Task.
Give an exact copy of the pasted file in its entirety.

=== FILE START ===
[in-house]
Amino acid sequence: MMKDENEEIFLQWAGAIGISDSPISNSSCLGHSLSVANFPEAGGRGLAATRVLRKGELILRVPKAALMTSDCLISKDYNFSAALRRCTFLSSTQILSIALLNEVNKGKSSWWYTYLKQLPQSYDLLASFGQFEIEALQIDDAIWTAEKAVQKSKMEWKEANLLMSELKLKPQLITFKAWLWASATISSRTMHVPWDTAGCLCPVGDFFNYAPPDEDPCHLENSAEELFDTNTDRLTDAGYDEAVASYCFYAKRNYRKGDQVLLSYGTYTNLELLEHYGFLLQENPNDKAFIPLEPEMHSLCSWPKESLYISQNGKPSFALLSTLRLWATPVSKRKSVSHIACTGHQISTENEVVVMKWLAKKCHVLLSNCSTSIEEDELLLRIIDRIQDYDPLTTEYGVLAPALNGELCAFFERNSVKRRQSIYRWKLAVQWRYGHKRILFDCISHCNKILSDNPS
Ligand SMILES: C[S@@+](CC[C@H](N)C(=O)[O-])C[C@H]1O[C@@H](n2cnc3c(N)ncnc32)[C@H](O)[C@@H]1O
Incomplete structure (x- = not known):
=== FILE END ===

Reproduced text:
[in-house]
Amino acid sequence: MMKDENEEIFLQWAGAIGISDSPISNSSCLGHSLSVANFPEAGGRGLAATRVLRKGELILRVPKAALMTSDCLISKDYNFSAALRRCTFLSSTQILSIALLNEVNKGKSSWWYTYLKQLPQSYDLLASFGQFEIEALQIDDAIWTAEKAVQKSKMEWKEANLLMSELKLKPQLITFKAWLWASATISSRTMHVPWDTAGCLCPVGDFFNYAPPDEDPCHLENSAEELFDTNTDRLTDAGYDEAVASYCFYAKRNYRKGDQVLLSYGTYTNLELLEHYGFLLQENPNDKAFIPLEPEMHSLCSWPKESLYISQNGKPSFALLSTLRLWATPVSKRKSVSHIACTGHQISTENEVVVMKWLAKKCHVLLSNCSTSIEEDELLLRIIDRIQDYDPLTTEYGVLAPALNGELCAFFERNSVKRRQSIYRWKLAVQWRYGHKRILFDCISHCNKILSDNPS
Ligand SMILES: C[S@@+](CC[C@H](N)C(=O)[O-])C[C@H]1O[C@@H](n2cnc3c(N)ncnc32)[C@H](O)[C@@H]1O
Incomplete structure (x- = not known):